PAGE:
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Boilermakers help build $1B TVA gas plant in Kentucky

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Local 40’s Stephen Small welds a seam on the “skin” of a HRSG.

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Boilermakers work from man-lifts to attach a steel shell to a HRSG unit. Oblong tanks at top are steam drums.

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Kiewit keeps track of progress with the aid of daily drone overflights.

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Louvered-shaped turbine filter houses bring in outside air for combustion with natural gas.

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Adam Williams, Local 40, rolls up a tag line after a wall section lift.

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Local 40 members Jarrod Smith, left, and William Van Meter weld steam header sections.

Combined cycle generation will replace two coal units at Paradise

CONSTRUCTION IS ADVANCING steadily on a $1 billion combined cycle gas turbine plant adjacent to the Tennessee Valley Authority’s Paradise Fossil Plant in Drakesboro, Ky. The gas plant will replace two coal-fired units com- pleted in 1963 at the Paradise facility. A third coal-fired unit at the site, completed in 1970, will remain operational.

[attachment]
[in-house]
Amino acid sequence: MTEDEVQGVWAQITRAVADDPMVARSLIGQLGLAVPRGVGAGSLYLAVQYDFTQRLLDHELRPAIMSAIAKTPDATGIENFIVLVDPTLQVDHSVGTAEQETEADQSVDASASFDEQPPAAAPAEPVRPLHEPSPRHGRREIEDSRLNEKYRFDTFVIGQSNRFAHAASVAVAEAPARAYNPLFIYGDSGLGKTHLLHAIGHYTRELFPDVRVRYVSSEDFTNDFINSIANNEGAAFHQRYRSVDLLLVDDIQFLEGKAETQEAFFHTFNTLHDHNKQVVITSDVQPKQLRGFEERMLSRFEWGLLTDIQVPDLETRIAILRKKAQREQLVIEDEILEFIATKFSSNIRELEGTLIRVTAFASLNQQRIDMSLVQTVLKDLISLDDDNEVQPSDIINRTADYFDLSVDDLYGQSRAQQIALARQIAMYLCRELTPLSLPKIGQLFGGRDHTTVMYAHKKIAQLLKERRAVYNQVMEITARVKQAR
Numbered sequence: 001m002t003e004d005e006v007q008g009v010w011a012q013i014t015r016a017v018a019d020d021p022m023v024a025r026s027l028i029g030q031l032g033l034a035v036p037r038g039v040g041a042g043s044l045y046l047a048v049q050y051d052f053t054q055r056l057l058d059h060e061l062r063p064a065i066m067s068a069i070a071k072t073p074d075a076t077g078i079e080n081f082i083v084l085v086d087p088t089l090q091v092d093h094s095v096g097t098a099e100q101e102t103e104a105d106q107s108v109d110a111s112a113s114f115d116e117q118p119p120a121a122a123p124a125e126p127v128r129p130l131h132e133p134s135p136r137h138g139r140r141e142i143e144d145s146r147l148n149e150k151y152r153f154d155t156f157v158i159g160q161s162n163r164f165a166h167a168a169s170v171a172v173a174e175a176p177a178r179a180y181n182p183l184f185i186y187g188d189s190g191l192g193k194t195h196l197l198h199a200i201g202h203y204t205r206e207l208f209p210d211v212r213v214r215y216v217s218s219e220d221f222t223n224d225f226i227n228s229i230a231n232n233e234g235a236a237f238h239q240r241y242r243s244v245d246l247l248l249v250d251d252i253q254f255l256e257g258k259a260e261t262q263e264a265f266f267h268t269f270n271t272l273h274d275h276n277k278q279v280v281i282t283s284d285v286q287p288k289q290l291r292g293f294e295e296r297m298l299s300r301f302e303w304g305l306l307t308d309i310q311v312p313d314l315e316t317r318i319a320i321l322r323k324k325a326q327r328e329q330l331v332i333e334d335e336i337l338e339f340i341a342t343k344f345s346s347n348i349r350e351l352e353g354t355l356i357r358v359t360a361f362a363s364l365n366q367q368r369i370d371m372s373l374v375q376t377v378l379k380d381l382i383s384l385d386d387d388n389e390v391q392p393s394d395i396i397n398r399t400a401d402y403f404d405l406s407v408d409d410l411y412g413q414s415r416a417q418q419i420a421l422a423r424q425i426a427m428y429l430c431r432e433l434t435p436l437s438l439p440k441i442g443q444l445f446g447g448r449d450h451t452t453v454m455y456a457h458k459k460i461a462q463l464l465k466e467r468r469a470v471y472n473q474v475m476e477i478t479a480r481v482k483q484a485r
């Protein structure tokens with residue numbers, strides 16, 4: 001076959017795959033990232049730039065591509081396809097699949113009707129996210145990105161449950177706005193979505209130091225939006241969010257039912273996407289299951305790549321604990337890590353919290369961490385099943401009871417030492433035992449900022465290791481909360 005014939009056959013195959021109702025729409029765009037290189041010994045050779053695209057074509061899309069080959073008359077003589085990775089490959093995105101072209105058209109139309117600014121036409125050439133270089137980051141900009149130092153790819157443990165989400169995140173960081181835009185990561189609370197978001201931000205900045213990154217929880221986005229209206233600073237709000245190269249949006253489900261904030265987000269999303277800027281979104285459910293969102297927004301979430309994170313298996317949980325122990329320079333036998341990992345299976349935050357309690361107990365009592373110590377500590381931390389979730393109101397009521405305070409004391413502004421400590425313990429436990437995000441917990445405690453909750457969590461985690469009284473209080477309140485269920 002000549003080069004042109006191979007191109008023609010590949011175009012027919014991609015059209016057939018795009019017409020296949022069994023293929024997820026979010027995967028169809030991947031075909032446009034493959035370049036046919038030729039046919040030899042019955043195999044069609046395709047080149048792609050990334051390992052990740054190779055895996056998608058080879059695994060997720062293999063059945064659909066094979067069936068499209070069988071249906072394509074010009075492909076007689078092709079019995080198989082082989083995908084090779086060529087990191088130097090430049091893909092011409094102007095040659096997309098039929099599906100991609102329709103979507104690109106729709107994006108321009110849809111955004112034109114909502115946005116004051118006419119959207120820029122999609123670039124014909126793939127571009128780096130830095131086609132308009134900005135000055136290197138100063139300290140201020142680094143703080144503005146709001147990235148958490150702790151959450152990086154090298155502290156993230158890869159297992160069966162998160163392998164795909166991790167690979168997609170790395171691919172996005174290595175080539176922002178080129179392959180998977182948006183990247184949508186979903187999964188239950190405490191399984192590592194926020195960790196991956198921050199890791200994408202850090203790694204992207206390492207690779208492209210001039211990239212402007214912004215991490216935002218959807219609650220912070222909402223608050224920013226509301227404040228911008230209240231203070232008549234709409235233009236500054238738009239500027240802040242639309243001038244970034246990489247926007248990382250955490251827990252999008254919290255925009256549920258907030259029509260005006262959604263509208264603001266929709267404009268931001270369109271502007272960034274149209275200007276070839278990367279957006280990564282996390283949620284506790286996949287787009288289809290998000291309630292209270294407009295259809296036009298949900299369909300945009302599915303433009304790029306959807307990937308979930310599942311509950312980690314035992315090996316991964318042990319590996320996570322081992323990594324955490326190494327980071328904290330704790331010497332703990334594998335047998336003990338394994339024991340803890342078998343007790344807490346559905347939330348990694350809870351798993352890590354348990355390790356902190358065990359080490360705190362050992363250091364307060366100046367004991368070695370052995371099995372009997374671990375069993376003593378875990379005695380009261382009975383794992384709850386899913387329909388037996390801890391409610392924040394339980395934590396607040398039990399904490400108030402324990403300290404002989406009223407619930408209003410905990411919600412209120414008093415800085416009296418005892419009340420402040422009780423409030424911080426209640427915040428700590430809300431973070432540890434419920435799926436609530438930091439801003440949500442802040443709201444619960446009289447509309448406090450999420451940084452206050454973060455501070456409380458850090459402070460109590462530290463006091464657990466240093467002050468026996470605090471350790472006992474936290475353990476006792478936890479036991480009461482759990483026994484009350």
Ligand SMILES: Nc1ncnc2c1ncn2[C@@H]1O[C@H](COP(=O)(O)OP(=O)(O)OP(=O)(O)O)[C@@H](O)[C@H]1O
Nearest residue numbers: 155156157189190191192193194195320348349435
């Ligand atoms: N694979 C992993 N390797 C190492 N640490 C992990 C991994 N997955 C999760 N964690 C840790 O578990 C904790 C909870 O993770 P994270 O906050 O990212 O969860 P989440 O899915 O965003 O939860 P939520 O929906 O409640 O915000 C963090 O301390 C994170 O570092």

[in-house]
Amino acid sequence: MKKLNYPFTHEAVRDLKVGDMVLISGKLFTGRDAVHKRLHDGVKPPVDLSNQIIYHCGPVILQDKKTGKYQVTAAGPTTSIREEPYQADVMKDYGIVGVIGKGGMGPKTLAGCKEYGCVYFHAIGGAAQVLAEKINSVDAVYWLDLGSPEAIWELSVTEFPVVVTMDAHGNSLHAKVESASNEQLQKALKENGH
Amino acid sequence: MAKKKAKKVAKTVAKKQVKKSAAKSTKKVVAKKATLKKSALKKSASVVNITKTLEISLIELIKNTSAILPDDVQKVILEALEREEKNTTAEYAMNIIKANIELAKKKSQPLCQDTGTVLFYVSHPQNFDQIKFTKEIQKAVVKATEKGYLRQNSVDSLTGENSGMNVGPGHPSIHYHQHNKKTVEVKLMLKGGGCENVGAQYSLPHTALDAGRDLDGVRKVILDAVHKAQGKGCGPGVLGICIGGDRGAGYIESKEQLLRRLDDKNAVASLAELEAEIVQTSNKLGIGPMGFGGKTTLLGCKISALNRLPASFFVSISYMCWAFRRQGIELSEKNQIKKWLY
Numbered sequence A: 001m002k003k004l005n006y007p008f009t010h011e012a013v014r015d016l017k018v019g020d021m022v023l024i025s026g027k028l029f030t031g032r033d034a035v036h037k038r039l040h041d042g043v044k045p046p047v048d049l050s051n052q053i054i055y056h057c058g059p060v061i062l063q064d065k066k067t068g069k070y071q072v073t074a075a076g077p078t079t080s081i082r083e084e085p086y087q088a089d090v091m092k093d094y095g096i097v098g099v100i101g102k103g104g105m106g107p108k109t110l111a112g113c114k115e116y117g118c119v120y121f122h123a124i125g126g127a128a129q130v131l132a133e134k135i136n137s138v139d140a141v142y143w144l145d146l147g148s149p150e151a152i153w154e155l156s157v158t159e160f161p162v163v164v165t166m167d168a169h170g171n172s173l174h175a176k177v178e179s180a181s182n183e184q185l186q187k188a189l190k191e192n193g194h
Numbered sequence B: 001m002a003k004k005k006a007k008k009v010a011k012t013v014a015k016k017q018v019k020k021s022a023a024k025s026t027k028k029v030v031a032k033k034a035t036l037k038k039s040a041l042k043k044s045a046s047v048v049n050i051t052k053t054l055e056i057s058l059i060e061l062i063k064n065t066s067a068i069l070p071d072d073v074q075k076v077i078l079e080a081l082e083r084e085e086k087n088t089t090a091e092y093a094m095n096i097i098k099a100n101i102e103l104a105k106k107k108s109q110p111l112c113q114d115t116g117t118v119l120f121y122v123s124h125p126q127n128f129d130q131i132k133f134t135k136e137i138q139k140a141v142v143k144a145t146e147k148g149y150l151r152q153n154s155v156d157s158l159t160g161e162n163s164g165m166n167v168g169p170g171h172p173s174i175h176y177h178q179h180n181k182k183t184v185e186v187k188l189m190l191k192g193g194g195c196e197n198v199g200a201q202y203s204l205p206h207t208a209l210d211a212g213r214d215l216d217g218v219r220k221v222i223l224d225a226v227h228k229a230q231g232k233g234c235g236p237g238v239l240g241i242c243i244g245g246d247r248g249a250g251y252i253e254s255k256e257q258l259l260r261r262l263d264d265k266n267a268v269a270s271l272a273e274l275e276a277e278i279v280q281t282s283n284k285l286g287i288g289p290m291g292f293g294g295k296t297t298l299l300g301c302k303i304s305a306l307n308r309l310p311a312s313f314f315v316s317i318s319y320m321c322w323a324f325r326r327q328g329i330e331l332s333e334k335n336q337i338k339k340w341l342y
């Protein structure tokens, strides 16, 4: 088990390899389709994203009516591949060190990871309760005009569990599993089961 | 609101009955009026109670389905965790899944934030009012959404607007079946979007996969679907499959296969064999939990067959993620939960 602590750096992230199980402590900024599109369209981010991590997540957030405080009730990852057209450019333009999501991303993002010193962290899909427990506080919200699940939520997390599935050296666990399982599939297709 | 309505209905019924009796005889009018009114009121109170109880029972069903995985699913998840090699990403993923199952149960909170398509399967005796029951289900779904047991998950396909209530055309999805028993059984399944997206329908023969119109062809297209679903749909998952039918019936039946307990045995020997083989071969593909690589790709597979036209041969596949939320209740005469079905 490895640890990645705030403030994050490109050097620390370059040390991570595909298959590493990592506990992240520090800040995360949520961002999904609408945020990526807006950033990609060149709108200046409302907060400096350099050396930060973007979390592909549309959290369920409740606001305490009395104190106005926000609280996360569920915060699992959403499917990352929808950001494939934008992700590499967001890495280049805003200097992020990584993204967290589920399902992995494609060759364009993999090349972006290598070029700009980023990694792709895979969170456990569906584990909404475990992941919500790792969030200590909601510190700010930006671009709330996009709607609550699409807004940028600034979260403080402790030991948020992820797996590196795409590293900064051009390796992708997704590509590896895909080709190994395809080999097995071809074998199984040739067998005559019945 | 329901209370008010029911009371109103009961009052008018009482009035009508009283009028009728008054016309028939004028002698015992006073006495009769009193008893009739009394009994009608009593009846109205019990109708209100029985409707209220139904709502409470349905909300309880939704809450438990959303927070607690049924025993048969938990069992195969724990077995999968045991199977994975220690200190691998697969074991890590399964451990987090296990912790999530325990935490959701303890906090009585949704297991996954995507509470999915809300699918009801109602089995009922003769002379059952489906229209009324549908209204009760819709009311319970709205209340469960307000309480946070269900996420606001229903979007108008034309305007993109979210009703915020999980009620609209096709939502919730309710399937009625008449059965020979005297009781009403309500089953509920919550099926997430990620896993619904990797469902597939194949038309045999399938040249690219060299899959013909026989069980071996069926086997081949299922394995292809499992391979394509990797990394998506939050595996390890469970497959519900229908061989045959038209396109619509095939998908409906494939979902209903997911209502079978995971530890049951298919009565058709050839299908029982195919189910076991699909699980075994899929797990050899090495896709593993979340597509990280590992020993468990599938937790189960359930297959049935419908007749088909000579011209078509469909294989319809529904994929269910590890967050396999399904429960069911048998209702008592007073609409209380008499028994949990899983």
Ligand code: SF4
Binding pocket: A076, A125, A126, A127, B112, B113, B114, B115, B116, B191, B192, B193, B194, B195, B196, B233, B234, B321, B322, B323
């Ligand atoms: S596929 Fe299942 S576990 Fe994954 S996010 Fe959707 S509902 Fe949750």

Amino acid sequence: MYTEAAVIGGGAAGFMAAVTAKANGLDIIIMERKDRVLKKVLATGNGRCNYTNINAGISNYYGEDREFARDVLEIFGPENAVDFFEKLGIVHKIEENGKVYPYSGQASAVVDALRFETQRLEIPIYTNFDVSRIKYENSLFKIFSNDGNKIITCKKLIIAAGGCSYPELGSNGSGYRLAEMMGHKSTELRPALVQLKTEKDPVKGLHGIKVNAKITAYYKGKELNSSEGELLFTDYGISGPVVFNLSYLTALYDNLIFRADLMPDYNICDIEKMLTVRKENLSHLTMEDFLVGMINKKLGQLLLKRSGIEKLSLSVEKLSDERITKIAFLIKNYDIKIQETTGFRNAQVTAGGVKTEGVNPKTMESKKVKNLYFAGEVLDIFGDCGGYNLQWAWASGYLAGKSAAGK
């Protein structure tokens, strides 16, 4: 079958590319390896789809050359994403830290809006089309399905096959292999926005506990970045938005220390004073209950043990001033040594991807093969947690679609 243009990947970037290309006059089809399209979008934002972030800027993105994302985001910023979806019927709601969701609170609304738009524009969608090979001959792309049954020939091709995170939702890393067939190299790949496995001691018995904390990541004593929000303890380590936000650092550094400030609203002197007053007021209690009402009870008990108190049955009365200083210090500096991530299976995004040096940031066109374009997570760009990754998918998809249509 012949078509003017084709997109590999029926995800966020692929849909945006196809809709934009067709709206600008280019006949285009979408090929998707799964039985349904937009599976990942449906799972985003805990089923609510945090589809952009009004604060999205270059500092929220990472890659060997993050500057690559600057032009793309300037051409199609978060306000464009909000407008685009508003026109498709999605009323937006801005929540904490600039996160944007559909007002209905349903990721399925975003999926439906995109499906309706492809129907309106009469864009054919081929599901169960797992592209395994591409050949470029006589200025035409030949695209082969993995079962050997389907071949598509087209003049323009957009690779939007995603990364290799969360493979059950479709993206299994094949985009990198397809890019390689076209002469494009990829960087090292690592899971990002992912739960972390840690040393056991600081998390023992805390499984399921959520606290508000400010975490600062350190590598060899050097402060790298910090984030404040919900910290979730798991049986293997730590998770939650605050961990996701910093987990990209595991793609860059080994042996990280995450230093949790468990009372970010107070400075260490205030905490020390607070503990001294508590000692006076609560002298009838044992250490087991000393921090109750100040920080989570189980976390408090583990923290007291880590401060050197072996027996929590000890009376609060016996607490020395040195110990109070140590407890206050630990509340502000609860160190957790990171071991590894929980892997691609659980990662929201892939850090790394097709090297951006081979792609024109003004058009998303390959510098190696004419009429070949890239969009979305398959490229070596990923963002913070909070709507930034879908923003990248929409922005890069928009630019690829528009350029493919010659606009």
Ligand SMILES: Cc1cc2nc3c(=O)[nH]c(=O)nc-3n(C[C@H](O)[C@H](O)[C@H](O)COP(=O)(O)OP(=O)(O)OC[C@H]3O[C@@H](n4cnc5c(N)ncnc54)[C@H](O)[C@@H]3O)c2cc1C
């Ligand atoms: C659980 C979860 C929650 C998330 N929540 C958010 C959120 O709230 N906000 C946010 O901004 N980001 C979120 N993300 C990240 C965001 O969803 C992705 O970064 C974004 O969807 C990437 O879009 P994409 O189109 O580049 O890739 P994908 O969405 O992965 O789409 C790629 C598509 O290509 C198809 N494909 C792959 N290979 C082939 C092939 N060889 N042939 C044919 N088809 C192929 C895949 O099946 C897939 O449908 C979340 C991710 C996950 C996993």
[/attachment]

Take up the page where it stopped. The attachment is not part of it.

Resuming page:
Some 80 Boilermakers, primarily from Local 40 (Elizabethtown, Ky.), are involved in the combined cycle project, along with other union trades. Kiewit Power is the prime contractor on the three-unit, 1,100-megawatt plant.

In the project’s combined cycle configuration, natural gas and compressed air combust to turn blades on a turbine, which, coupled to a genera- tor, produces electricity. Exhaust heat is channeled into a heat recovery steam generator, or HRSG, which rotates to produce additional electricity. Spent steam is then piped into a condenser, which cools the steam and converts it to water for reuse in the HRSG.

The project began in March 2015. Despite a two- month permitting delay, the job is proceeding on schedule, says Erich Budde, Kiewit HRSG Depart- ment Manager.

The Boilermakers scope of work includes the combustion turbine filter houses and intake ducts, combustion turbine exhaust ducts, bypass stacks, exhaust stacks, HRSGs, demineralizing and ser- vice water tanks, and a 1-million-pound steam surface condenser.

Kiewit estimates that 180,000 Boilermaker man- hours will be required on the project. Crews are working nine-hour shifts, six days a week, with safety the highest priority. After 70,000 man- hours, Boilermakers have not sustained a single recordable injury.

Project completion is set for spring of 2017.

Tags  Jobs
Locals  L-40
Reporter  V54N4
Published on the Web: December 17, 2015

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